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Recently I interviewed Clare Gollnick, CTO of Terbium Labs, on the reproducibility crisis in science and its implications for data scientists. The podcast seemed to really resonate with listeners (judging by the number of comments we’ve received via the show notes page and Twitter), for several reasons.
To sum up the issue: Many researchers in the natural and social sciences report not being able to reproduce each other’s findings. A 2016 Nature survey indicated that more than 70 percent of researchers have tried and failed to reproduce another scientist’s experiments, and more than half have failed to reproduce their own experiments. This concerning finding has far-reaching implications for the way researchers perform scientific studies.
One contributing factor to reproducibility failure, Gollnick suggests, is the idea of “p-hacking” — that is, examining your experimental data until you find patterns that meet the criteria for statistical significance before you determine a specific hypothesis about the underlying causal relationship. P-hacking is known as “data fishing” for a reason: You’re working backward from your data to a pattern, which breaks the assumptions by which statistical significance is determined in the first place.
Gollnick points out that data fishing is exactly what machine learning algorithms do, though — they work backward from data to patterns or relationships. Data scientists can thus fall victim to the same errors made by natural scientists. P-hacking in the sciences, in particular, is similar to developing overfitted machine learning models. Fortunately for data scientists, it is well understood that cross-validation, by which researchers generate a hypothesis on a training dataset and then test it on a validation dataset, is a necessary practice. As Gollnick put it, testing on the validation set is a lot like making a very specific prediction that’s unlikely to occur unless your hypothesis is true, which is essentially the scientific method at its purest.
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Beyond the sciences, there’s growing concern about a reproducibility crisis in machine learning as well. A recent blog post by Google research engineer Pete Warden speaks to some of the core reproducibility that data scientists and other practitioners face. Warden references the iterative nature of current approaches to machine and deep learning and the fact that data scientists are not easily able to record their steps through each iteration. Furthermore, the data science stack for deep learning has a lot of moving parts, and changes in any of these layers — the deep learning framework, GPU drivers, or training or validation datasets — can all affect the results. Finally, with opaque models like deep neural networks, it’s difficult to understand the root cause of differences between expected and observed results. These problems are further compounded by the fact that many published papers fail to explicitly mention many of their simplifying assumptions or implementation details, making it harder for others to reproduce their work.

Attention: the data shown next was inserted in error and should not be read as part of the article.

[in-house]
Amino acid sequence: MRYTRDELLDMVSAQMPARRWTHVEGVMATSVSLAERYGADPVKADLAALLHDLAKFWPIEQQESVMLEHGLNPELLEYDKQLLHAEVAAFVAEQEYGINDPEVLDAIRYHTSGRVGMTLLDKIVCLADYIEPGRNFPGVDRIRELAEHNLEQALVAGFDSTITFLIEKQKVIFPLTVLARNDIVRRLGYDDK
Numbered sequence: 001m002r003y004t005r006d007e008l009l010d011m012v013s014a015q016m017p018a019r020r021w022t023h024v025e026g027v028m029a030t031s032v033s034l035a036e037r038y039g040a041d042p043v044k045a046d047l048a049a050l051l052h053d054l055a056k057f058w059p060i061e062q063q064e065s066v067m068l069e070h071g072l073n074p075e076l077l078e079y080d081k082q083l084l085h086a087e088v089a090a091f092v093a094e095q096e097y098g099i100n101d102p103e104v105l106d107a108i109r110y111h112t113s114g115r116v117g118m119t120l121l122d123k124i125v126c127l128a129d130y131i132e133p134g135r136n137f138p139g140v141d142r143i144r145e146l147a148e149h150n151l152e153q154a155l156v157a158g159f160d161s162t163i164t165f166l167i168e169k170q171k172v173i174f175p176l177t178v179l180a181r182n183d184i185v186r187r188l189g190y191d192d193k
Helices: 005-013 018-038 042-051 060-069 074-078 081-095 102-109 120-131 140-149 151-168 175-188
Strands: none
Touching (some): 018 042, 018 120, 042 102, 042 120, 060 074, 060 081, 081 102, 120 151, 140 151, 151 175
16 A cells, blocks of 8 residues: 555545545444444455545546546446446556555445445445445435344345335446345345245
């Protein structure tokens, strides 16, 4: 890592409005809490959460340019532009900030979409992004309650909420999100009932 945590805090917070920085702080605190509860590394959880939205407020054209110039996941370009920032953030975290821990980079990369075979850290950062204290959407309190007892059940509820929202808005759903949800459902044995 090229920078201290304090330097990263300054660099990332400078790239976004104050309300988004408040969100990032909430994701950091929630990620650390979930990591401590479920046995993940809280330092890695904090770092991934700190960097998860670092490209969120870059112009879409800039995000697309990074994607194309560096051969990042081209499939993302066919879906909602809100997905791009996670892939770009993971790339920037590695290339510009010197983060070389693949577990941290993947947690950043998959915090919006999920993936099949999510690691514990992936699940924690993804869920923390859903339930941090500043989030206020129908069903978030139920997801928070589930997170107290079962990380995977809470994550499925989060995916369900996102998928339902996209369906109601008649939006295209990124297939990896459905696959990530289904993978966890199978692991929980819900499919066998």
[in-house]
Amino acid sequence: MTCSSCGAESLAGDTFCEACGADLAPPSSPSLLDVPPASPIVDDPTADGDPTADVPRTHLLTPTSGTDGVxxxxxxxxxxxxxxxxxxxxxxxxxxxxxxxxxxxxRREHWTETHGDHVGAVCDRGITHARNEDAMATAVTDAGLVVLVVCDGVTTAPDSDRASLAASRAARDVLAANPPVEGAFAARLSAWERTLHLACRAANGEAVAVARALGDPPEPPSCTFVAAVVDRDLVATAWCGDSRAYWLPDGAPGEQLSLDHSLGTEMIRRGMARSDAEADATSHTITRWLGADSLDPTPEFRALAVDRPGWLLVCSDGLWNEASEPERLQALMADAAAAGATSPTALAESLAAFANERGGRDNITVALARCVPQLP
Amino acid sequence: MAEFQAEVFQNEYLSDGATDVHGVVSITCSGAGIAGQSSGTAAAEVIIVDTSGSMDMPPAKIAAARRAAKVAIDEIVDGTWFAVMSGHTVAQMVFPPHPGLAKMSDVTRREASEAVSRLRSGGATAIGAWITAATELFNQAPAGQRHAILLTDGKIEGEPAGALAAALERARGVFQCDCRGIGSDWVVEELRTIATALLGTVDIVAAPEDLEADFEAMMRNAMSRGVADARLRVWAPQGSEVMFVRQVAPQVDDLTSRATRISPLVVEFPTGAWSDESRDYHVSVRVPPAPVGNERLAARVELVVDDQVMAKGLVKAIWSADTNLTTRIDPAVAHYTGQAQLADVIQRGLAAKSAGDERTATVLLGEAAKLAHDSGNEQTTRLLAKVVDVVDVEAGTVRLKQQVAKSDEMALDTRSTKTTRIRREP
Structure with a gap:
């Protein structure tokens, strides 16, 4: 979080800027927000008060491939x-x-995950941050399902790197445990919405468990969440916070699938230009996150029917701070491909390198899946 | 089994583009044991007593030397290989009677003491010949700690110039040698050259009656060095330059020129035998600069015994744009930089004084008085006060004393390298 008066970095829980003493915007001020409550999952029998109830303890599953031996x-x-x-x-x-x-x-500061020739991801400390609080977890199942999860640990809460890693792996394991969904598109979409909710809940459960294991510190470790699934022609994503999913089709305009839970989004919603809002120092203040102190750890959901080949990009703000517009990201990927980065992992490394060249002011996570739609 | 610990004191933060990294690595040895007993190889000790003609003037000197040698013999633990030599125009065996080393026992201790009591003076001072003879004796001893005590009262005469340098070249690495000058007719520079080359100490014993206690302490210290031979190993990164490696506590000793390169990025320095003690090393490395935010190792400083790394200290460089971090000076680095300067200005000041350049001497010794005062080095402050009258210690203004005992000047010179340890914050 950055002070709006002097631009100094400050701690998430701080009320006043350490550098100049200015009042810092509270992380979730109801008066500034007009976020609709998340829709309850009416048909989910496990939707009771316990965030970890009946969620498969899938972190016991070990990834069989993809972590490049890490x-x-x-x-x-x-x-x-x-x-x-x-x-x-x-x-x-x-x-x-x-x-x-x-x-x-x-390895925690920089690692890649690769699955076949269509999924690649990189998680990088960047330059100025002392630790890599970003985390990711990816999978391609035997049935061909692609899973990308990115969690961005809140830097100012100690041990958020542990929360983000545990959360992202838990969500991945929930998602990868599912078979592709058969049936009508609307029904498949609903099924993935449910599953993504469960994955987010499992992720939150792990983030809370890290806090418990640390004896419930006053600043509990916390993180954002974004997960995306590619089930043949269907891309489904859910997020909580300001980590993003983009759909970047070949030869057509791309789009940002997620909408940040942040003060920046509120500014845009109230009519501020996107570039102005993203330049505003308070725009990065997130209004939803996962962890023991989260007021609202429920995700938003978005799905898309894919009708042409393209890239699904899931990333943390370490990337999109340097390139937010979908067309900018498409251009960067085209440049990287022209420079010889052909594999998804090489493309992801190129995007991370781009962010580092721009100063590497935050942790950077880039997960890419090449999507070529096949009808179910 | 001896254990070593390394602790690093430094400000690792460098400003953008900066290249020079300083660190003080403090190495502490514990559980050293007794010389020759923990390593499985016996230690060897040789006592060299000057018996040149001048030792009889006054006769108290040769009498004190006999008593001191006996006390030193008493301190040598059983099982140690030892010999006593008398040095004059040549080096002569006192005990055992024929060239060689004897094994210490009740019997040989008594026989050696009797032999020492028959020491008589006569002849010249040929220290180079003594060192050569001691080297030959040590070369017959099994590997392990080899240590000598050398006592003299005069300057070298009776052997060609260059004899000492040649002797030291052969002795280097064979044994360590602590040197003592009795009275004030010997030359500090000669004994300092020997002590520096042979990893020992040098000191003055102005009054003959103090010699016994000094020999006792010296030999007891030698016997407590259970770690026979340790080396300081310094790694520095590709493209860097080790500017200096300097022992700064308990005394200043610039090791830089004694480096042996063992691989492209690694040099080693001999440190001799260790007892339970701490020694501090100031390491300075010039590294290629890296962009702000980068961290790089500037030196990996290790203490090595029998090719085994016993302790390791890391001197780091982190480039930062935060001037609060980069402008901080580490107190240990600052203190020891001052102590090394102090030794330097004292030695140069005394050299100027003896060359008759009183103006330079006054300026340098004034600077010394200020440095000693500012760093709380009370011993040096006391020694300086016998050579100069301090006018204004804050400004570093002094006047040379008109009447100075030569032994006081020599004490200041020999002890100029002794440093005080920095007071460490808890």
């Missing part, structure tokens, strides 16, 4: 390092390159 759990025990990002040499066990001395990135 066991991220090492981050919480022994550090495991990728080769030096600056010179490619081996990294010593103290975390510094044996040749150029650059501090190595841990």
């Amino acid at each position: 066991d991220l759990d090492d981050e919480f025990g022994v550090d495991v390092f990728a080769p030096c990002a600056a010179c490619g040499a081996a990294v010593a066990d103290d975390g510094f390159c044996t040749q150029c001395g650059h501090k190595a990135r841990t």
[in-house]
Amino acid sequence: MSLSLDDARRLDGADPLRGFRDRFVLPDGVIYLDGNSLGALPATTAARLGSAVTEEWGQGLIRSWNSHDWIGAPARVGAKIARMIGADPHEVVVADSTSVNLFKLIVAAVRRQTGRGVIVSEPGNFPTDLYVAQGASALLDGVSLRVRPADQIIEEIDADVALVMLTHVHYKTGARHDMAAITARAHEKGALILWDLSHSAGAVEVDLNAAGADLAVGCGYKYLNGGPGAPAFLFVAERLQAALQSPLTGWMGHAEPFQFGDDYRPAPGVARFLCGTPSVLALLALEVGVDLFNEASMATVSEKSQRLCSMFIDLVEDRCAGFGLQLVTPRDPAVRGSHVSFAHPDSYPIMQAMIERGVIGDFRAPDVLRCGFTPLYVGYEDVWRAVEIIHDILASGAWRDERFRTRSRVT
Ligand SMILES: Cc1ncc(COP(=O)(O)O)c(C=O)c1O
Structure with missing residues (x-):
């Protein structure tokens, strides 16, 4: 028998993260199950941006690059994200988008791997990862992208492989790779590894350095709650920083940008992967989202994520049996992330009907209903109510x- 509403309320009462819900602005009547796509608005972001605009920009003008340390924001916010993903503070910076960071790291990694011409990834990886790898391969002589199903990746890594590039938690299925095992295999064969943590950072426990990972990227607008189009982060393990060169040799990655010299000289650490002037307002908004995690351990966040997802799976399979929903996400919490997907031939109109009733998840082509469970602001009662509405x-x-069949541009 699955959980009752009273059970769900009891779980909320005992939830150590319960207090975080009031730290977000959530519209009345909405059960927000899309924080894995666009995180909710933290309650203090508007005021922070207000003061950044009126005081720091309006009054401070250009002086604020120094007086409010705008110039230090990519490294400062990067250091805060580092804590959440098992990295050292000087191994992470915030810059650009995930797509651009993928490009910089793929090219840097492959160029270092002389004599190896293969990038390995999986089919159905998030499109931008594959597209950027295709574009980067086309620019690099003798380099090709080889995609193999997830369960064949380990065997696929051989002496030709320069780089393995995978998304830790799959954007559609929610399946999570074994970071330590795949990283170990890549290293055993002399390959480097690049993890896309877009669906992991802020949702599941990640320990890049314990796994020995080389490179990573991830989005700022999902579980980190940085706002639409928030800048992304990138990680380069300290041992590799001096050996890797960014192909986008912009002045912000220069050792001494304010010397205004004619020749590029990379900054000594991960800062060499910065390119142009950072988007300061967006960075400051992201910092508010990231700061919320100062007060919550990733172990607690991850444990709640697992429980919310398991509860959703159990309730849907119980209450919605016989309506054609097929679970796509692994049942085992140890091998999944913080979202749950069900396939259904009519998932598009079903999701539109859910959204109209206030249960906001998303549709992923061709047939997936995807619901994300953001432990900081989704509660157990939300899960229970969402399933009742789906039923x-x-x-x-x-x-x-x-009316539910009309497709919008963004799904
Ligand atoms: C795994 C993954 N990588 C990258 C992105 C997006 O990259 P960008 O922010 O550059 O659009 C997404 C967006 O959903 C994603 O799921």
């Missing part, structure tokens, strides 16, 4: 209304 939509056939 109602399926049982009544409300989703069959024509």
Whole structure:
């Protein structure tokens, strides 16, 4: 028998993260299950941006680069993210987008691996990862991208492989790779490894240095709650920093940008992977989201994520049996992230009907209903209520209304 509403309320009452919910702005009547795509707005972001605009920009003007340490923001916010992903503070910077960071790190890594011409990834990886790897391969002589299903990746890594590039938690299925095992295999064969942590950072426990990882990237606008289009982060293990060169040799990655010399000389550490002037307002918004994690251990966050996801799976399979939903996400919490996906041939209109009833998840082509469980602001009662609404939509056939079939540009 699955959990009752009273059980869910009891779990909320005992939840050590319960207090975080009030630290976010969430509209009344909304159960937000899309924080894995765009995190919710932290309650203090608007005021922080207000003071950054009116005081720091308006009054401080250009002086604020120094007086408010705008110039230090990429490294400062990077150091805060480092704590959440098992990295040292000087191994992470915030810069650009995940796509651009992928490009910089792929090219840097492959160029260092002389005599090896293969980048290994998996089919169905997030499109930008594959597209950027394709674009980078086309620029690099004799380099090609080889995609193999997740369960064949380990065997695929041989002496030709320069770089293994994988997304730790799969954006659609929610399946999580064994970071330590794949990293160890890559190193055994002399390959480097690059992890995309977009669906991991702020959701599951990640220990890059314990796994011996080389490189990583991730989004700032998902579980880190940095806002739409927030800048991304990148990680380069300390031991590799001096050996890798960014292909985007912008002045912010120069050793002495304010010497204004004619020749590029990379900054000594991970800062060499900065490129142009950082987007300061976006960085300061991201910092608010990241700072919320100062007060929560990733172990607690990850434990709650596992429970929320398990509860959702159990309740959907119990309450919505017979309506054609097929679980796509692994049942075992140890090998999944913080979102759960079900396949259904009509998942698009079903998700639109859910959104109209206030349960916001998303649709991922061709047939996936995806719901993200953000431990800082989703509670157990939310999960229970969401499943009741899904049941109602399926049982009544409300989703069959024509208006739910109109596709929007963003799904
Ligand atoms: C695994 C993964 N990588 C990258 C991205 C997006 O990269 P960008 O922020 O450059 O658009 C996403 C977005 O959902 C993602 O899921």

Efforts to reproduce deep learning results are further confounded by the fact that we really don’t know why, when, or to what extent deep learning works. During an award acceptance speech at the 2017 NIPS conference, Google’s Ali Rahimi likened modern machine learning to alchemy for this reason. He explained that while alchemy gave us metallurgy, modern glass making, and medications, alchemists also believed they could cure illnesses with leeches and transmute base metals into gold. Similarly, while deep learning has given us incredible new ways to process data, Rahimi called for the systems responsible for critical decisions in health care and public policy to be “built on top of verifiable, rigorous, thorough knowledge.”
Gollnick and Rahimi are united in advocating for a deeper understanding of how and why the models we use work. Doing so might mean a trip back to basics, maybe as far back as the foundations of the scientific method. Gollnick mentioned in our conversation that she’s been fascinated recently with the “philosophy of data” — that is, the philosophical exploration of scientific knowledge, what it means to be certain of something, and how data can support these.
It stands to reason that any thought exercise that forces us to face tough questions about issues like explainability, causation, and certainty could be of great value as we broaden our application of modern machine learning methods. Guided by the work of modern science philosophers like Karl Popper and Thomas Kuhn, as well as the 18th century empiricist David Hume, this type of deep introspection into our methods could prove useful for the field of AI as a whole.
The original version of this story appeared in the This Week in Machine Learning & AI newsletter. Copyright 2018.
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